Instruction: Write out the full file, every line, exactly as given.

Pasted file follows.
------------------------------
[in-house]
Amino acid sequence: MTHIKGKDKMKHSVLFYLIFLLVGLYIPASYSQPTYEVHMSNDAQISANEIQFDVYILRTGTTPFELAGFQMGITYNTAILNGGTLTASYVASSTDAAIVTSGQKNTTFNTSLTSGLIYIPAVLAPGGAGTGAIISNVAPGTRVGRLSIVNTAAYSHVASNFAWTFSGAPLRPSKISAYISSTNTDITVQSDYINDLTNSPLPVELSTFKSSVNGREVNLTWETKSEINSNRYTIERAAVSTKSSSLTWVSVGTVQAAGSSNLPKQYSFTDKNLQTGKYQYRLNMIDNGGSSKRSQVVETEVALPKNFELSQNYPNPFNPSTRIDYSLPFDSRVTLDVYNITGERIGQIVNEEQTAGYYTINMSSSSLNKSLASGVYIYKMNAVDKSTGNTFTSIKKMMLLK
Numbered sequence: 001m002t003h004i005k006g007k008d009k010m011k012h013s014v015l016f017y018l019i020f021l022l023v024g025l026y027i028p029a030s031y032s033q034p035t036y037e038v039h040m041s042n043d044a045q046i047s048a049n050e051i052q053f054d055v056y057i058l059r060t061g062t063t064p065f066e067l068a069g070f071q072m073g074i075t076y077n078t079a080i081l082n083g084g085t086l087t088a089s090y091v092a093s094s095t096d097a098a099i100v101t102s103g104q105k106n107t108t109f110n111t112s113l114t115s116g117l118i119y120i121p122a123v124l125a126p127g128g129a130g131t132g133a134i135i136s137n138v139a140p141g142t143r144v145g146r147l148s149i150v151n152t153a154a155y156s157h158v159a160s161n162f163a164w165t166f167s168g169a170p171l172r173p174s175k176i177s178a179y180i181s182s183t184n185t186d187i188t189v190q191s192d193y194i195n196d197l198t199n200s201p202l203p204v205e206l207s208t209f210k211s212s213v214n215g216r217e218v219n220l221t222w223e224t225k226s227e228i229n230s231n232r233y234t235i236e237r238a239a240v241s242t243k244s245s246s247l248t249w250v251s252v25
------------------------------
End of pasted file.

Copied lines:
[in-house]
Amino acid sequence: MTHIKGKDKMKHSVLFYLIFLLVGLYIPASYSQPTYEVHMSNDAQISANEIQFDVYILRTGTTPFELAGFQMGITYNTAILNGGTLTASYVASSTDAAIVTSGQKNTTFNTSLTSGLIYIPAVLAPGGAGTGAIISNVAPGTRVGRLSIVNTAAYSHVASNFAWTFSGAPLRPSKISAYISSTNTDITVQSDYINDLTNSPLPVELSTFKSSVNGREVNLTWETKSEINSNRYTIERAAVSTKSSSLTWVSVGTVQAAGSSNLPKQYSFTDKNLQTGKYQYRLNMIDNGGSSKRSQVVETEVALPKNFELSQNYPNPFNPSTRIDYSLPFDSRVTLDVYNITGERIGQIVNEEQTAGYYTINMSSSSLNKSLASGVYIYKMNAVDKSTGNTFTSIKKMMLLK
Numbered sequence: 001m002t003h004i005k006g007k008d009k010m011k012h013s014v015l016f017y018l019i020f021l022l023v024g025l026y027i028p029a030s031y032s033q034p035t036y037e038v039h040m041s042n043d044a045q046i047s048a049n050e051i052q053f054d055v056y057i058l059r060t061g062t063t064p065f066e067l068a069g070f071q072m073g074i075t076y077n078t079a080i081l082n083g084g085t086l087t088a089s090y091v092a093s094s095t096d097a098a099i100v101t102s103g104q105k106n107t108t109f110n111t112s113l114t115s116g117l118i119y120i121p122a123v124l125a126p127g128g129a130g131t132g133a134i135i136s137n138v139a140p141g142t143r144v145g146r147l148s149i150v151n152t153a154a155y156s157h158v159a160s161n162f163a164w165t166f167s168g169a170p171l172r173p174s175k176i177s178a179y180i181s182s183t184n185t186d187i188t189v190q191s192d193y194i195n196d197l198t199n200s201p202l203p204v205e206l207s208t209f210k211s212s213v214n215g216r217e218v219n220l221t222w223e224t225k226s227e228i229n230s231n232r233y234t235i236e237r238a239a240v241s242t243k244s245s246s247l248t249w250v251s252v25